In rare speech on coronavirus, Queen Elizabeth provides calming voice, expert says

Author: Shannon Roddel

ND Experts

James O'Rourke

James O'Rourke

Mendoza College of Business

Queen Elizabeth II. Photo by Government of Alberta.

Queen Elizabeth delivered a rare, televised message April 5 urging self-discipline and resolve in the midst of the coronavirus pandemic and thanking health workers on the front lines of the crisis. She provided a “rational, calming” voice according to a University of Notre Dame communications expert.

"I am speaking to you at what I know is an increasingly challenging time,” the queen said. “A time of disruption in the life of our country: a disruption that has brought grief to some, financial difficulties to many, and enormous changes to the daily lives of us all.”

“While we have faced challenges before, this one is different,” she said. “This time we join with all nations across the globe in a common endeavor, using the great advances of science and our instinctive compassion to heal. We will succeed — and that success will belong to every one of us.”

James O'Rourke
James O'Rourke

Apart from her annual Christmas message, the queen has made only a handful of special broadcasts at critical moments of her 68-year-reign. She took to the airwaves during the Gulf War, following the death of Princess Diana, and following the death of her mother. This particular message came not a moment too soon, according to rhetorician James S. O’Rourke, professor of management at Notre Dame’s Mendoza College of Business.

“The queen did precisely what I thought she would,” O’Rourke said. “Somehow, no matter what the occasion, she always seems to know exactly what to say, and once again, her remarks were spot-on. She provides a far more rational, calming voice than her prime minister, Boris Johnson, minister for the cabinet office Michael Gove or others in her government whose sole focus of late has been telling the rest of Europe to go away.” 

“The queen did observe one primary rule of public speaking: the value of brevity,” O’Rourke said. “This was more than just encouragement, though, it was direction to the people of Britain from their head of state. And, in many ways, recordings of this speech will serve as an instructive tool to students of public speaking for a number of years.”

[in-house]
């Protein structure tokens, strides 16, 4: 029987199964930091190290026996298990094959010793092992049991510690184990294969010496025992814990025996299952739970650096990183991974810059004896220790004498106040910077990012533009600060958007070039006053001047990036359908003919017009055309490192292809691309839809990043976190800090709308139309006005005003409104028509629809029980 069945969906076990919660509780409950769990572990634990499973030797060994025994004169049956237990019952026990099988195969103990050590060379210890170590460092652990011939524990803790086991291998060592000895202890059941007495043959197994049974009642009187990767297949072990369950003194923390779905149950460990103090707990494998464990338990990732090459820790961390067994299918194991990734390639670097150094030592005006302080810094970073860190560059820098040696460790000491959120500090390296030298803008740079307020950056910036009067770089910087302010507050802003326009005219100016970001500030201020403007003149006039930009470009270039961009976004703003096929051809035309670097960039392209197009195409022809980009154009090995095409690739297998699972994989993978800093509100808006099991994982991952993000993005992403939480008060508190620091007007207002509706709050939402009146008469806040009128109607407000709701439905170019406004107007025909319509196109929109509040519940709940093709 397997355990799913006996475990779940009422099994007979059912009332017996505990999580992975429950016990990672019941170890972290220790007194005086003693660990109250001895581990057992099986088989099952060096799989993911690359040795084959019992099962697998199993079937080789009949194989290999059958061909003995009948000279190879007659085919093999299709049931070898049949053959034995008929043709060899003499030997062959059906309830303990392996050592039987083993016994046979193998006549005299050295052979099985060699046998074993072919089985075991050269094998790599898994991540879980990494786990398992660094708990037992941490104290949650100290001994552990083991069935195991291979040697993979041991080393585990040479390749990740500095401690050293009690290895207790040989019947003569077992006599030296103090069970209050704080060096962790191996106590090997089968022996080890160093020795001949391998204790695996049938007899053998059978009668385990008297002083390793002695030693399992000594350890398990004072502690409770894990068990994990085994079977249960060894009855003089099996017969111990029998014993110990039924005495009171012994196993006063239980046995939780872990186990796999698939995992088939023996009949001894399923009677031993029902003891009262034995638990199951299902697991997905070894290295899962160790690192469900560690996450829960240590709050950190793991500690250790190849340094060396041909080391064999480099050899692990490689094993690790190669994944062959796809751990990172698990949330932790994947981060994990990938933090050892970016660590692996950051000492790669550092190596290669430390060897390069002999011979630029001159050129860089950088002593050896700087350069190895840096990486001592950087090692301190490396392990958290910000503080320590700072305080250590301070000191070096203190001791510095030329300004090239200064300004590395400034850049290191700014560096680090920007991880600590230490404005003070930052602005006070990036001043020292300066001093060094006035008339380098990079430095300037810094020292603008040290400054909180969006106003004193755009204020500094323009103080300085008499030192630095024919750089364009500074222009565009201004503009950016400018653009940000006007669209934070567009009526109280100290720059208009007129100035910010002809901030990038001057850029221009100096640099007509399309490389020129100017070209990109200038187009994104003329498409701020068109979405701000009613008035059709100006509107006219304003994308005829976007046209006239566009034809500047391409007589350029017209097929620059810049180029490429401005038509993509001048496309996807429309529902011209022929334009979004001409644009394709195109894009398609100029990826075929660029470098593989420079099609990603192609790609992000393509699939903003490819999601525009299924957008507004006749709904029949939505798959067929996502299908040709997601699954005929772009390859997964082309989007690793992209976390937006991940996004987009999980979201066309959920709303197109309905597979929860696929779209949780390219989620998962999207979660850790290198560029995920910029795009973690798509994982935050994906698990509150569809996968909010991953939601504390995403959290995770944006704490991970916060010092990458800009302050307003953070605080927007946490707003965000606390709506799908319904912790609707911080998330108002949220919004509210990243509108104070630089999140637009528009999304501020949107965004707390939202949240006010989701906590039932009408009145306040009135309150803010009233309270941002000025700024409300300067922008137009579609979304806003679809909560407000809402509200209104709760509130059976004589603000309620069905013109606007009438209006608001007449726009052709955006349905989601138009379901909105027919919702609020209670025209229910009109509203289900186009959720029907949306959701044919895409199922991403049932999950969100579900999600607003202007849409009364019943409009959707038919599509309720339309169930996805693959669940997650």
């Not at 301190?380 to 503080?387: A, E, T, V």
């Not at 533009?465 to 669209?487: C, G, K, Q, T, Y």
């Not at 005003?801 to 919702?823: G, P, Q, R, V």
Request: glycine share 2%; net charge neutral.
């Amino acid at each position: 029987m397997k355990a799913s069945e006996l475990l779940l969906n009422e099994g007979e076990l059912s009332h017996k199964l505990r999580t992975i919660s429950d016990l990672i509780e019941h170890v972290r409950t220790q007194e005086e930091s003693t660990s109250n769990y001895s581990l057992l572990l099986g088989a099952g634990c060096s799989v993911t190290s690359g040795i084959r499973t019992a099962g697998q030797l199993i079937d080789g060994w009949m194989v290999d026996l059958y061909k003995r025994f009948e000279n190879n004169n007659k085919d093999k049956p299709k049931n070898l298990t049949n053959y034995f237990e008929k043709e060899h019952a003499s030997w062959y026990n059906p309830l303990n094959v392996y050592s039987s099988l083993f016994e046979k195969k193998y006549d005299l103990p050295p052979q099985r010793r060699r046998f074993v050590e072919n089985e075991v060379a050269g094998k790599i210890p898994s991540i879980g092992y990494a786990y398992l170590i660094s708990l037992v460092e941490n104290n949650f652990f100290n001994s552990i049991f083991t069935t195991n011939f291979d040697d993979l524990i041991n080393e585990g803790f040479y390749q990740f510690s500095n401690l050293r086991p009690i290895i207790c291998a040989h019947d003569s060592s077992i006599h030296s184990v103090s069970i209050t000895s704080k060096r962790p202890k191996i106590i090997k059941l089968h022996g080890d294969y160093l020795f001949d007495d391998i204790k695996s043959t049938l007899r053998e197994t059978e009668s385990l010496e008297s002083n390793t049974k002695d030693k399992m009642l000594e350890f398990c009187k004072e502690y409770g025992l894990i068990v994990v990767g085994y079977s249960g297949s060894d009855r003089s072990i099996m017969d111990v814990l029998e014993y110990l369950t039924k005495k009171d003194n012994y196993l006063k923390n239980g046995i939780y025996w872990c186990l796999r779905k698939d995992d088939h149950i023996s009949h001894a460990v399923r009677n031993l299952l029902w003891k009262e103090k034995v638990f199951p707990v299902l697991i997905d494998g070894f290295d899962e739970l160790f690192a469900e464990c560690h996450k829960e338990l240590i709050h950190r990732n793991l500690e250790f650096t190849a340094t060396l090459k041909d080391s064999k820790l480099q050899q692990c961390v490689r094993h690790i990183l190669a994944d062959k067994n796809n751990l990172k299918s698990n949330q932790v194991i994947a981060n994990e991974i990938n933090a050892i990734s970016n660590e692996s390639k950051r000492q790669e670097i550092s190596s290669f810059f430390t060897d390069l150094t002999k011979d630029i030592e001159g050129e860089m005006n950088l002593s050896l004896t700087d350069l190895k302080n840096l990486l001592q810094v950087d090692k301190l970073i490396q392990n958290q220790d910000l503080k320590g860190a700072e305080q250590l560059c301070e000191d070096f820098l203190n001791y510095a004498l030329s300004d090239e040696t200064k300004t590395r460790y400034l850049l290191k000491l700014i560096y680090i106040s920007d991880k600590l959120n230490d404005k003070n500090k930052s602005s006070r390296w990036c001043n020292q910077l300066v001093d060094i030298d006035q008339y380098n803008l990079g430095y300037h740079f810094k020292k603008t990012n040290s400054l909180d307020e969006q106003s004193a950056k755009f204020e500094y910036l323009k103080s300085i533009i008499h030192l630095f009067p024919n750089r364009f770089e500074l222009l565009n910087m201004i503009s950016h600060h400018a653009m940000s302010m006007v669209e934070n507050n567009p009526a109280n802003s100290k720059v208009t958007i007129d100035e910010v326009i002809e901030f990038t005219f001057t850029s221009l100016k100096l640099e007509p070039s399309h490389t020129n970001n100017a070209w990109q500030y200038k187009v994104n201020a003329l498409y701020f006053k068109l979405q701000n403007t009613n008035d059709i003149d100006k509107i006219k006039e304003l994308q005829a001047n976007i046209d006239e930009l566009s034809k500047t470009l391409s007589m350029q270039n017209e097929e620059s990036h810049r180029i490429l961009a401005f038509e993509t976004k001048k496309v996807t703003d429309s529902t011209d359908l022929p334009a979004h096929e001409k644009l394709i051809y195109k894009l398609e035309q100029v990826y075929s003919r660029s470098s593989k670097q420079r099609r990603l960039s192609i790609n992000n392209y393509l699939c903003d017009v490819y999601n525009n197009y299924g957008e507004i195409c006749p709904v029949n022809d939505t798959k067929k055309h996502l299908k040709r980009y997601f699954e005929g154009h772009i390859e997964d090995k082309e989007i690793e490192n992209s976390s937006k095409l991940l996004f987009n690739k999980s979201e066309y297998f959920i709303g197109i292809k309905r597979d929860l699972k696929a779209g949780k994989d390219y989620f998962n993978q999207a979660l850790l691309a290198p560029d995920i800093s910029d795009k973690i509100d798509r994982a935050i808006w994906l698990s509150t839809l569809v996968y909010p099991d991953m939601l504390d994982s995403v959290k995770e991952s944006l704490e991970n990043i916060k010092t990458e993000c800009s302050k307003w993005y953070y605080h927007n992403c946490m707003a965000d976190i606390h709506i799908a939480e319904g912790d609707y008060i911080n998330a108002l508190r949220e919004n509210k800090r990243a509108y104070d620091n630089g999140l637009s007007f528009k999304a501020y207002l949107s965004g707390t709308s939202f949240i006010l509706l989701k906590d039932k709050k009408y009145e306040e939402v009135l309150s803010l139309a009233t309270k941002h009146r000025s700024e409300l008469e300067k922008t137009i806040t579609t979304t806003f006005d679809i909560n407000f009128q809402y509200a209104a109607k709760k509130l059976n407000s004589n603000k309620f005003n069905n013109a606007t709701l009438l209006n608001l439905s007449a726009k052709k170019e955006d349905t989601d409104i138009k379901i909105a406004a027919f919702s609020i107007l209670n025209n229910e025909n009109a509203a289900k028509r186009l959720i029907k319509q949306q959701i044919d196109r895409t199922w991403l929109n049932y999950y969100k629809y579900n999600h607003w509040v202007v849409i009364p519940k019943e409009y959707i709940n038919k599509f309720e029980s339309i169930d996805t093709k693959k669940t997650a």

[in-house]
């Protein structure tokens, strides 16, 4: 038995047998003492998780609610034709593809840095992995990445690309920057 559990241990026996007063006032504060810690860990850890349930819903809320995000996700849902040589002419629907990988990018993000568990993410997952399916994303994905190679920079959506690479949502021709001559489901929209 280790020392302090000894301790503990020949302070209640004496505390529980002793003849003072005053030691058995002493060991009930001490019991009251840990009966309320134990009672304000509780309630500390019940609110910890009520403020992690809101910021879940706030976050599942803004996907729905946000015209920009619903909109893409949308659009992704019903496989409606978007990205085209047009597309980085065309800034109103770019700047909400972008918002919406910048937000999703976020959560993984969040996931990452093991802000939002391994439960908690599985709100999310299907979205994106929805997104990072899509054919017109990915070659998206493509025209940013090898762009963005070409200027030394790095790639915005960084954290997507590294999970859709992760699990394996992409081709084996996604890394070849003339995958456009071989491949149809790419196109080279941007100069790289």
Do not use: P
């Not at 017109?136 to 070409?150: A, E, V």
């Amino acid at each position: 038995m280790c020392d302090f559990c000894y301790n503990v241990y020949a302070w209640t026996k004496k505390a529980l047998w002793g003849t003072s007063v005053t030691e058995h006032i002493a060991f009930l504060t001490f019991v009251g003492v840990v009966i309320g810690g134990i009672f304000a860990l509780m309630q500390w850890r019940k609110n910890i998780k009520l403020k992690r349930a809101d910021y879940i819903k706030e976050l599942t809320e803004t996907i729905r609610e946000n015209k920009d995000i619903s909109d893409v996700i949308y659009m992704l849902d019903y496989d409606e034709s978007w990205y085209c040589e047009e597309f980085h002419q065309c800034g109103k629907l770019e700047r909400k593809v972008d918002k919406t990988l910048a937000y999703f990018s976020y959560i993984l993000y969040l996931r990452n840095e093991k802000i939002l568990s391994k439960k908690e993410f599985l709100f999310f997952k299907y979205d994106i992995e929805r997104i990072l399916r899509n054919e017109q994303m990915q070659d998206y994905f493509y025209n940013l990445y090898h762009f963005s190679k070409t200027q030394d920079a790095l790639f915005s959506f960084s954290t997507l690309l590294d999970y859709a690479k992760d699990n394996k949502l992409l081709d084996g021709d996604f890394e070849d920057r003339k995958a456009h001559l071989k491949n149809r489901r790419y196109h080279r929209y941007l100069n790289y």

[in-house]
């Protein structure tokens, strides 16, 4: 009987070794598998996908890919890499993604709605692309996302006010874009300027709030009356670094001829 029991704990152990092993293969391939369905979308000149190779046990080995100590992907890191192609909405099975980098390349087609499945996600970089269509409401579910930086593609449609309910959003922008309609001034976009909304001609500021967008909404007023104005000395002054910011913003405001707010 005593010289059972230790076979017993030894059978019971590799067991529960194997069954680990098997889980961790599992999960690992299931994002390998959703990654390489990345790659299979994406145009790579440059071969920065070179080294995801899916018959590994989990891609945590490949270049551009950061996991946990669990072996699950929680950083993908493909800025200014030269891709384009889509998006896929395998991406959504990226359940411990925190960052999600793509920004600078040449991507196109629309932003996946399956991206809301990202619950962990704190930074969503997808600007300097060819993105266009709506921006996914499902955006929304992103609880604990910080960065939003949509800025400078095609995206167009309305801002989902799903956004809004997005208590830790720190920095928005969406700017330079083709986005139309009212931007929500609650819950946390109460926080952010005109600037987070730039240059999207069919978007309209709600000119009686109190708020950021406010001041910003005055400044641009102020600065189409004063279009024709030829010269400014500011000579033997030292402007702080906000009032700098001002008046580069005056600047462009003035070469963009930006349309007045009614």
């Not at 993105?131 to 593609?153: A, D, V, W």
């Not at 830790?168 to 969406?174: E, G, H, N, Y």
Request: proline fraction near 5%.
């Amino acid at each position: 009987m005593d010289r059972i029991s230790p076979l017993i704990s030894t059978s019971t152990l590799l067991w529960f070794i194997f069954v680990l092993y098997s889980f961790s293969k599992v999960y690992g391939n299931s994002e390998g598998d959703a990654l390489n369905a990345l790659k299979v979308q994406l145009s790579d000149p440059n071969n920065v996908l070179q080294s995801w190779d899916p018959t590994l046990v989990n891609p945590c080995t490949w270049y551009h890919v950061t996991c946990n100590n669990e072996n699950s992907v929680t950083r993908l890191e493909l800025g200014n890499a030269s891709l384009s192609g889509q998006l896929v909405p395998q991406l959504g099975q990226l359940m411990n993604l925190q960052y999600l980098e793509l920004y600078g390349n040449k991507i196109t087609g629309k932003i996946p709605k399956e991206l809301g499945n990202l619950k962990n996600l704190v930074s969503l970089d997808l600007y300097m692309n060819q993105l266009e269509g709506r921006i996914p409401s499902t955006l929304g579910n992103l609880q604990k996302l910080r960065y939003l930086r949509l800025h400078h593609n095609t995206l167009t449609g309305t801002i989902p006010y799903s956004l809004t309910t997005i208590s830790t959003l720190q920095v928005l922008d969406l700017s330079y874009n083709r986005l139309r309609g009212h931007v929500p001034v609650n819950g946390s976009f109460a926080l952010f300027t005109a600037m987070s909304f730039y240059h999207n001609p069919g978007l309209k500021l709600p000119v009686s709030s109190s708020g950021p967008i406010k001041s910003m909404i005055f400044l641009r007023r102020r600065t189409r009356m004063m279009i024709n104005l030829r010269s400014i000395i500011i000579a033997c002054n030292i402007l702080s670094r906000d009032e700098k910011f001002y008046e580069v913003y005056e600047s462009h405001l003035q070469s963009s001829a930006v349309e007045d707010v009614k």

"I hope in the years to come, everyone will be able to take pride in how they responded to this challenge," the queen said, "and those who come after us will say that the Britons of this generation were as strong as any."

The U.K. is now on “soft lockdown” as Prime Minister Johnson has contracted coronavirus, along with the Prince of Wales and nearly 50,000 citizens.

“Britons have not faced such grim circumstances since the darkest days of World War II,” O’Rourke said. “Now, more than ever, the people of the UK must have someone to rely upon – someone whose word they can trust and who will both reassure them and tell them the truth. No one other than the Queen quite fits that description just now. This was precisely the right moment for Elizabeth to reassure Britons and the world that we’re in this together, and together we shall get through this.”

Elizabeth II is the longest-reigning monarch in the world. At age 93, she continues her duties and appears strong as ever. Palace insiders acknowledge that she writes her own speeches and prepares her own remarks.

“Queen Elizabeth is, without question, a remarkable woman who has served her people well,” O’Rourke said. “Even my Irish-American classmates from Notre Dame now acknowledge the value she’s delivered, not just to the U.K. but to the world."


Contact: James O'Rourke,